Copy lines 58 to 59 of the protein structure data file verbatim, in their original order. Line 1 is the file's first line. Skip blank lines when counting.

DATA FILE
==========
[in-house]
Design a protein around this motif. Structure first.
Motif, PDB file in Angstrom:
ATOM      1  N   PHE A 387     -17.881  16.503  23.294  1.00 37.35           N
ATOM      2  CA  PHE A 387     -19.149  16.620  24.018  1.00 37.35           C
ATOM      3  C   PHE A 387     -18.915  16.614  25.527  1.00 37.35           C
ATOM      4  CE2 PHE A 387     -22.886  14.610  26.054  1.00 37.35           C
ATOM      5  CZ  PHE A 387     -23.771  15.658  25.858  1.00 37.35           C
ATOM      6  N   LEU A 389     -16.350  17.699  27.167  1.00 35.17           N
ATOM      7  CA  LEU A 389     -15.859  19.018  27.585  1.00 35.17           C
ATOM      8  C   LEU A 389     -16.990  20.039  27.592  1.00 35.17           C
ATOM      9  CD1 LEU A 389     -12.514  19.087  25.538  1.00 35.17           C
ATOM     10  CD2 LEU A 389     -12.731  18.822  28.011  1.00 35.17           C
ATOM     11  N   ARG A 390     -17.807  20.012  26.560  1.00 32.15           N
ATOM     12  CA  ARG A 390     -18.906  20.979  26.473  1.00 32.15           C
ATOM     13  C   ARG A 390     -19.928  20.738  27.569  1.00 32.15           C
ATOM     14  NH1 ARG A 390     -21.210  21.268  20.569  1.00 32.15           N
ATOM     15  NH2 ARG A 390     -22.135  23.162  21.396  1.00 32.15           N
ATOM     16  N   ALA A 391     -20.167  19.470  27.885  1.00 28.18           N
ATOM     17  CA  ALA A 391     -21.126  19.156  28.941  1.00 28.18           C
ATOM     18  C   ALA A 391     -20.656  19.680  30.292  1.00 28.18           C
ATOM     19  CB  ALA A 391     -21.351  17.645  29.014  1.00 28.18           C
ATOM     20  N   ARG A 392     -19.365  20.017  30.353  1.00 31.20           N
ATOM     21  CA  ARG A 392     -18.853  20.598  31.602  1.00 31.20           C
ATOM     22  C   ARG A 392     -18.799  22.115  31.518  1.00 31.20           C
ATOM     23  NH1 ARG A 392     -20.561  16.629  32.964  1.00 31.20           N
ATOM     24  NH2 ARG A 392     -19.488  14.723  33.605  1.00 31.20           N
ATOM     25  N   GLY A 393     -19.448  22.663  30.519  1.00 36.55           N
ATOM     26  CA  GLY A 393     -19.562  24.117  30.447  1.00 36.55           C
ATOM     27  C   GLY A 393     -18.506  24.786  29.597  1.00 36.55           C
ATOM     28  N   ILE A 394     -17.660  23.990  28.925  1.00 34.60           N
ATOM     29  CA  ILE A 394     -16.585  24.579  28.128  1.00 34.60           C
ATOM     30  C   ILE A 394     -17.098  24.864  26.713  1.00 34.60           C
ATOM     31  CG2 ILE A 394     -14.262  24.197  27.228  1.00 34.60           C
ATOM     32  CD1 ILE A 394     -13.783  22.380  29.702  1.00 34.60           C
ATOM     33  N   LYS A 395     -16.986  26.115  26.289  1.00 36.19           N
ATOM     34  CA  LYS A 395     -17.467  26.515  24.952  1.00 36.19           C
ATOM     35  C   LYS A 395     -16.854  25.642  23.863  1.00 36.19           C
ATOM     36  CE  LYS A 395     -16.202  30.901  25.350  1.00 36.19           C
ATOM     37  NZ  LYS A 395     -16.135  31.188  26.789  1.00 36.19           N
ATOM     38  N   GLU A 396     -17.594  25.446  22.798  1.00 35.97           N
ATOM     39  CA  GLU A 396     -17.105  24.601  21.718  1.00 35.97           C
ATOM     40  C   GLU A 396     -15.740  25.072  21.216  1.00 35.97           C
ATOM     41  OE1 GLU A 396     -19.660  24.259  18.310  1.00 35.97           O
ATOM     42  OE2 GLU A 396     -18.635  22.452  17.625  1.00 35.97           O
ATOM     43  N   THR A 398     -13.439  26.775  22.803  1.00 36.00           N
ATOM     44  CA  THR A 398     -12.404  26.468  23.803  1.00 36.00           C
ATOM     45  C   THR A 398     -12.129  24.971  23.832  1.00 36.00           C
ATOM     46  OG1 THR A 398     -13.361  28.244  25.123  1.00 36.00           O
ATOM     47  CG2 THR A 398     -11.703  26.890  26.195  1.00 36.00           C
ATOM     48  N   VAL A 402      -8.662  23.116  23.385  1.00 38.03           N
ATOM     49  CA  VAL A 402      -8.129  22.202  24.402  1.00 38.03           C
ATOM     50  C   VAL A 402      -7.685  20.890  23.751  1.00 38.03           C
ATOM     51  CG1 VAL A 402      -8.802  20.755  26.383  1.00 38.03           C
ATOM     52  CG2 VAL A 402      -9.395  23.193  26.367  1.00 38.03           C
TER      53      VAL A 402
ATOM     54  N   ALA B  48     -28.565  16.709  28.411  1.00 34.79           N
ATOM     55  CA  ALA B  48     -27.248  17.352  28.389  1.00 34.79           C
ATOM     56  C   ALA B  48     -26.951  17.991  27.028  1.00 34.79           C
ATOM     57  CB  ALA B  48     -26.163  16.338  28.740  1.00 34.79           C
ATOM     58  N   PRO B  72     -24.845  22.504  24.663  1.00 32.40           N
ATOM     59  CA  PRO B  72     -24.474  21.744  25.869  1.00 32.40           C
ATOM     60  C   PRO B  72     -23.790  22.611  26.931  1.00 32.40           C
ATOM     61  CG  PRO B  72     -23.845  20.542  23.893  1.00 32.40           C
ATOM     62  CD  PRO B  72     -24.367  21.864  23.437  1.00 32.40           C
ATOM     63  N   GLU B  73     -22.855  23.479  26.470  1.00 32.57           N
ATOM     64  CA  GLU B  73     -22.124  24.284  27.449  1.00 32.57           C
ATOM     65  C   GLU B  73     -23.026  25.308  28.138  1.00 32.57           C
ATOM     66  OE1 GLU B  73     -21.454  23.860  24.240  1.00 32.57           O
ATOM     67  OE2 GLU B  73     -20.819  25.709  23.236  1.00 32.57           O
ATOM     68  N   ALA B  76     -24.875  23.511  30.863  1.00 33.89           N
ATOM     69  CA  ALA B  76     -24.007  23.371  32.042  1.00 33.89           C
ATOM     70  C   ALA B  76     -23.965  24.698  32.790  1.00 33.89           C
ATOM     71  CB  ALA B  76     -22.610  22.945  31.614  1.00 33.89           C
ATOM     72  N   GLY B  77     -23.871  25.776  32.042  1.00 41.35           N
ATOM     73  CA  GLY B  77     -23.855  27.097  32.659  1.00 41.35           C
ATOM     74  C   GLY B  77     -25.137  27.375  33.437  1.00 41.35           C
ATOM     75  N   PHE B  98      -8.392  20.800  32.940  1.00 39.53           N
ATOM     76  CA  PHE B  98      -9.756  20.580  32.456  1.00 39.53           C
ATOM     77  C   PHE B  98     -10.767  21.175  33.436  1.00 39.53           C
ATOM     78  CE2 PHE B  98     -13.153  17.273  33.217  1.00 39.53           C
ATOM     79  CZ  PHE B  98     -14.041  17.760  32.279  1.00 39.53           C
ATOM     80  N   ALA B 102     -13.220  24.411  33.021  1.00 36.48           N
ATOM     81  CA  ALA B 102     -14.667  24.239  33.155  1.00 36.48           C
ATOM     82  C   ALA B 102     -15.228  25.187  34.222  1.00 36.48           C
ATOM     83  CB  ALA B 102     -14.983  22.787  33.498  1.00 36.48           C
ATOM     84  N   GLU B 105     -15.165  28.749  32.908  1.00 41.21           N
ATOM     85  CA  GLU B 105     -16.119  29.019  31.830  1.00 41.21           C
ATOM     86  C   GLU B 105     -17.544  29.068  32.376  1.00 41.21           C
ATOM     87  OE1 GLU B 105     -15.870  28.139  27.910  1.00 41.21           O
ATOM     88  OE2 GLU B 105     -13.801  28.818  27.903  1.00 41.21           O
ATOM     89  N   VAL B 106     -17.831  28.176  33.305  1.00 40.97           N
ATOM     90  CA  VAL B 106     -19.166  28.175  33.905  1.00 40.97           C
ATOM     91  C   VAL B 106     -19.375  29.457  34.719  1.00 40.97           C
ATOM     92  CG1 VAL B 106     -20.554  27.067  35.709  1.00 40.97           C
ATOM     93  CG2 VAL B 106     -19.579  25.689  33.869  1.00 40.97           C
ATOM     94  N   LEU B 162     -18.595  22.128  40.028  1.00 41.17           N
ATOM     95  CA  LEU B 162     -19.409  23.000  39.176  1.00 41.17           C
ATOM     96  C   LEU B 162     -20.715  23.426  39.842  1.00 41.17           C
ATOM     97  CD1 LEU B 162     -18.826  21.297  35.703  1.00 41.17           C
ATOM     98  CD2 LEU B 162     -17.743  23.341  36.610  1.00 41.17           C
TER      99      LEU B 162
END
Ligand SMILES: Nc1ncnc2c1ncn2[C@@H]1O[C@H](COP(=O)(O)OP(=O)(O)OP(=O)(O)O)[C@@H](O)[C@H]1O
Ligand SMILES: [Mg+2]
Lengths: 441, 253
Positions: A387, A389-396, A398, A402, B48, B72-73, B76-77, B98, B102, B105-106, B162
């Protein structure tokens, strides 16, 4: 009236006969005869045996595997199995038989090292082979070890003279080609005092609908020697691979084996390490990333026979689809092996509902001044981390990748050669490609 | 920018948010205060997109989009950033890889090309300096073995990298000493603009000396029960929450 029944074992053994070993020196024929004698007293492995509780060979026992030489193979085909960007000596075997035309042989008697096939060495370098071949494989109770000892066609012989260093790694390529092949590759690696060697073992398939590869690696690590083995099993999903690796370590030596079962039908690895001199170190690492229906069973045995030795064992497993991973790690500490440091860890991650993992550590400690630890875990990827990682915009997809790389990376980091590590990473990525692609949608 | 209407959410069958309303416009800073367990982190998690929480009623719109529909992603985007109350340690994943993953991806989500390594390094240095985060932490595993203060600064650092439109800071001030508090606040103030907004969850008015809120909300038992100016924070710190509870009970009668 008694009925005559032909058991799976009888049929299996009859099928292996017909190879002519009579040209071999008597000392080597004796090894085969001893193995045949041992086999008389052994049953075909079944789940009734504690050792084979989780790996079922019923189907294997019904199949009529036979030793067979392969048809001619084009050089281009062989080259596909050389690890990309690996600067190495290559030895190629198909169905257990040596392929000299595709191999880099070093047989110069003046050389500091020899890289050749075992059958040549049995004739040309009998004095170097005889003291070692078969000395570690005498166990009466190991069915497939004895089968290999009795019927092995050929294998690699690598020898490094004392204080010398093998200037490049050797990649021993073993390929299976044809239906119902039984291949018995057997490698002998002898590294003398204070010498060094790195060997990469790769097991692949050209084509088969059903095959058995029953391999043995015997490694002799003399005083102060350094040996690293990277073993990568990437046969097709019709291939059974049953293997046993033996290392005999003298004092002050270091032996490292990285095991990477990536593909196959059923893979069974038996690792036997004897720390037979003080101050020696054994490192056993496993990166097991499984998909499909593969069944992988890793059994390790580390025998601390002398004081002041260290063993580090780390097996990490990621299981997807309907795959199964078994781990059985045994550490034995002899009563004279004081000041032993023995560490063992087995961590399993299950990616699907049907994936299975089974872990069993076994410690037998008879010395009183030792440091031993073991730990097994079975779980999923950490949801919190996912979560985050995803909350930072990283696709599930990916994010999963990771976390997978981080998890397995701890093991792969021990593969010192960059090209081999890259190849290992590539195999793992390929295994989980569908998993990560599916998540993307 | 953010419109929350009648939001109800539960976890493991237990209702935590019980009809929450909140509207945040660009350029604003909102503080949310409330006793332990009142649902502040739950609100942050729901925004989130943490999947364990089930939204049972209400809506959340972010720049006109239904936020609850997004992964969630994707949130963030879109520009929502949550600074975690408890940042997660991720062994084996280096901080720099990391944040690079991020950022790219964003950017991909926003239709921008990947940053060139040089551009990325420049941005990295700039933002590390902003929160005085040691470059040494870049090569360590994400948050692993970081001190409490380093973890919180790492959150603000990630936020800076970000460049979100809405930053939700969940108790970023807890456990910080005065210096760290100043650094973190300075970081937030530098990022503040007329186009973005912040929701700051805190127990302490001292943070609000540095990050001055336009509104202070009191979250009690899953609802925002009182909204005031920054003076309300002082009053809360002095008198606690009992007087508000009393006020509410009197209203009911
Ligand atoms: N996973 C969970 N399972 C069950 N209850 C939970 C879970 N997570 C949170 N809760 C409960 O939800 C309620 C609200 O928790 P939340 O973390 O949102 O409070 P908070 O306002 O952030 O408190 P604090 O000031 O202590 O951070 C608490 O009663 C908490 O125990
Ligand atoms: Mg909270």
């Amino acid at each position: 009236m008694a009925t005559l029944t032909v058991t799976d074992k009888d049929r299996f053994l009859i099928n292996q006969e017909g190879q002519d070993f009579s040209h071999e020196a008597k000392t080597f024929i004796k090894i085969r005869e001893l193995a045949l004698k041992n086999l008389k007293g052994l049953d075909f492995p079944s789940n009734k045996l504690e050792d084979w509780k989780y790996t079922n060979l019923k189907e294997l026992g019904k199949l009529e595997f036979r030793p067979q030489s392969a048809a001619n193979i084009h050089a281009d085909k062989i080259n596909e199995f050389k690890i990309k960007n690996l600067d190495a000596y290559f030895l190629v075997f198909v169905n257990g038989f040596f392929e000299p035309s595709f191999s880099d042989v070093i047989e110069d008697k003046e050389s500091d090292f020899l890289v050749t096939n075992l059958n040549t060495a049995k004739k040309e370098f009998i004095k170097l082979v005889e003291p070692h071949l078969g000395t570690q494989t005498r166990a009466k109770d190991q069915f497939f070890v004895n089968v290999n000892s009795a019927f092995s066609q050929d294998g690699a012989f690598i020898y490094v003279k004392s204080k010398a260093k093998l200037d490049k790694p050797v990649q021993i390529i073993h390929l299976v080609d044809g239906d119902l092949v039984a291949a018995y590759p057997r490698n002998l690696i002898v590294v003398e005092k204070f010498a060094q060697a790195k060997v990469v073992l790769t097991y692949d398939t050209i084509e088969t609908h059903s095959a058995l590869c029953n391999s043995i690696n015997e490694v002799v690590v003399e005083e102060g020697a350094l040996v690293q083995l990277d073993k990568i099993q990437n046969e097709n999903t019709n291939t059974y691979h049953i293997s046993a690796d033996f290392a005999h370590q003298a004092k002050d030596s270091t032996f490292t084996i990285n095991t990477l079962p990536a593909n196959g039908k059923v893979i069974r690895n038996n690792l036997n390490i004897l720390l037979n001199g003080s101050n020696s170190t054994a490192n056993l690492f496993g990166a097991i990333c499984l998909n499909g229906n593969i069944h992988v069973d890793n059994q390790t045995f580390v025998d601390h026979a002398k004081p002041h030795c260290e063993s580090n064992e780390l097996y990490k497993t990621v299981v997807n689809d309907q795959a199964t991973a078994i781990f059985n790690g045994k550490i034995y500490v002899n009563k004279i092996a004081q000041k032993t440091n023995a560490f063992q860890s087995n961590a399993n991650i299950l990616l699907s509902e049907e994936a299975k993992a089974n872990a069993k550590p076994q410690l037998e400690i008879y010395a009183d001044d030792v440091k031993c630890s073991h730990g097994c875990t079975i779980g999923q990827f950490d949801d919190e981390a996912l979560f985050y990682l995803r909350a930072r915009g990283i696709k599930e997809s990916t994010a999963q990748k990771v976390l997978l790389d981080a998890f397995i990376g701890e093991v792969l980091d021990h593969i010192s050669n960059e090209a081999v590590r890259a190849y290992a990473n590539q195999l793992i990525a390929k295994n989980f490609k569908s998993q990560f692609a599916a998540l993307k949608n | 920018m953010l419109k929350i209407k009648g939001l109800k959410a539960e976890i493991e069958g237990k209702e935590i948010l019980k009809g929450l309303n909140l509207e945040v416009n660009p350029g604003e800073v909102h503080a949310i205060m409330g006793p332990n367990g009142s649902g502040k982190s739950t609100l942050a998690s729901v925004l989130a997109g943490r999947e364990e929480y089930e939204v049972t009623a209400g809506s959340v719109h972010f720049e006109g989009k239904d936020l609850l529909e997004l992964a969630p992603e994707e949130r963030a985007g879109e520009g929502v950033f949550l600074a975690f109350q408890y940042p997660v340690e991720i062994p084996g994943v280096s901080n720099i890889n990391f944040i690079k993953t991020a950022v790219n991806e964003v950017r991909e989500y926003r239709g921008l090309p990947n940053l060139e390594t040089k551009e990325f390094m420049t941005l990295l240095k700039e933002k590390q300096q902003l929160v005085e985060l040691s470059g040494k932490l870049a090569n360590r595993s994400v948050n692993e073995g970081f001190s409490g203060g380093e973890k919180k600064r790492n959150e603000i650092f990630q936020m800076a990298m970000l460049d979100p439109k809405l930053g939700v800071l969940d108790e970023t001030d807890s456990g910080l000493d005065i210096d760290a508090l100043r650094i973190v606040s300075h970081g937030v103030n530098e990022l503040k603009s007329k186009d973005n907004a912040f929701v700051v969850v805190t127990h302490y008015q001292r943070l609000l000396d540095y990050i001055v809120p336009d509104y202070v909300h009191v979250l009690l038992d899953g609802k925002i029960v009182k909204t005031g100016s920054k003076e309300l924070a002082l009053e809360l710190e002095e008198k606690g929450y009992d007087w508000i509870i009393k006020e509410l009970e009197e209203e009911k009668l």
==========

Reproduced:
ATOM     55  CA  ALA B  48     -27.248  17.352  28.389  1.00 34.79           C
ATOM     56  C   ALA B  48     -26.951  17.991  27.028  1.00 34.79           C